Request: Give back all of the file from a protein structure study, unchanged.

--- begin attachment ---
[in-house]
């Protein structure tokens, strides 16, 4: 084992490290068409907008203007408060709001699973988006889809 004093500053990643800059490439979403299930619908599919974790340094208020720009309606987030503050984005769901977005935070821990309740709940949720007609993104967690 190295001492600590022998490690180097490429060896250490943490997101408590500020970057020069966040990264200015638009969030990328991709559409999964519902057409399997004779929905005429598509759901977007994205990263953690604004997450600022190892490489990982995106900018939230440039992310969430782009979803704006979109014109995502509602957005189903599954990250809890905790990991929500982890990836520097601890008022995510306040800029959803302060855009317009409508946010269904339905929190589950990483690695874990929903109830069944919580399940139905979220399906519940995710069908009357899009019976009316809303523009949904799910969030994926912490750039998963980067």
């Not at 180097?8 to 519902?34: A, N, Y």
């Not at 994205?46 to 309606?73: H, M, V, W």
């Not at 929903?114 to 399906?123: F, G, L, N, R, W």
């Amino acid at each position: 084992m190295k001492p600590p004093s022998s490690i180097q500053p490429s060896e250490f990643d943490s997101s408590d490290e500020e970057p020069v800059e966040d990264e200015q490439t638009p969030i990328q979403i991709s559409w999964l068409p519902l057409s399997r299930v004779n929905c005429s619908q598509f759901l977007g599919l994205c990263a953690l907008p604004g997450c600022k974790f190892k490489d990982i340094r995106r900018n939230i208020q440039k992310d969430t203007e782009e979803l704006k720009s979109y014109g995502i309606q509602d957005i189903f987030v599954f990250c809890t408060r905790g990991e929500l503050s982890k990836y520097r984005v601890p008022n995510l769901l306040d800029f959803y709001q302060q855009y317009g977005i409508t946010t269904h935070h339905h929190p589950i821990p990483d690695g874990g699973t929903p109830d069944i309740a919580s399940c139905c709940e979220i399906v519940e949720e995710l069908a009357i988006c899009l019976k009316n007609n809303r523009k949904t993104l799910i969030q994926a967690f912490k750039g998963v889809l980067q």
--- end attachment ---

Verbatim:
[in-house]
């Protein structure tokens, strides 16, 4: 084992490290068409907008203007408060709001699973988006889809 004093500053990643800059490439979403299930619908599919974790340094208020720009309606987030503050984005769901977005935070821990309740709940949720007609993104967690 190295001492600590022998490690180097490429060896250490943490997101408590500020970057020069966040990264200015638009969030990328991709559409999964519902057409399997004779929905005429598509759901977007994205990263953690604004997450600022190892490489990982995106900018939230440039992310969430782009979803704006979109014109995502509602957005189903599954990250809890905790990991929500982890990836520097601890008022995510306040800029959803302060855009317009409508946010269904339905929190589950990483690695874990929903109830069944919580399940139905979220399906519940995710069908009357899009019976009316809303523009949904799910969030994926912490750039998963980067």
């Not at 180097?8 to 519902?34: A, N, Y």
């Not at 994205?46 to 309606?73: H, M, V, W």
């Not at 929903?114 to 399906?123: F, G, L, N, R, W």
């Amino acid at each position: 084992m190295k001492p600590p004093s022998s490690i180097q500053p490429s060896e250490f990643d943490s997101s408590d490290e500020e970057p020069v800059e966040d990264e200015q490439t638009p969030i990328q979403i991709s559409w999964l068409p519902l057409s399997r299930v004779n929905c005429s619908q598509f759901l977007g599919l994205c990263a953690l907008p604004g997450c600022k974790f190892k490489d990982i340094r995106r900018n939230i208020q440039k992310d969430t203007e782009e979803l704006k720009s979109y014109g995502i309606q509602d957005i189903f987030v599954f990250c809890t408060r905790g990991e929500l503050s982890k990836y520097r984005v601890p008022n995510l769901l306040d800029f959803y709001q302060q855009y317009g977005i409508t946010t269904h935070h339905h929190p589950i821990p990483d690695g874990g699973t929903p109830d069944i309740a919580s399940c139905c709940e979220i399906v519940e949720e995710l069908a009357i988006c899009l019976k009316n007609n809303r523009k949904t993104l799910i969030q994926a967690f912490k750039g998963v889809l980067q």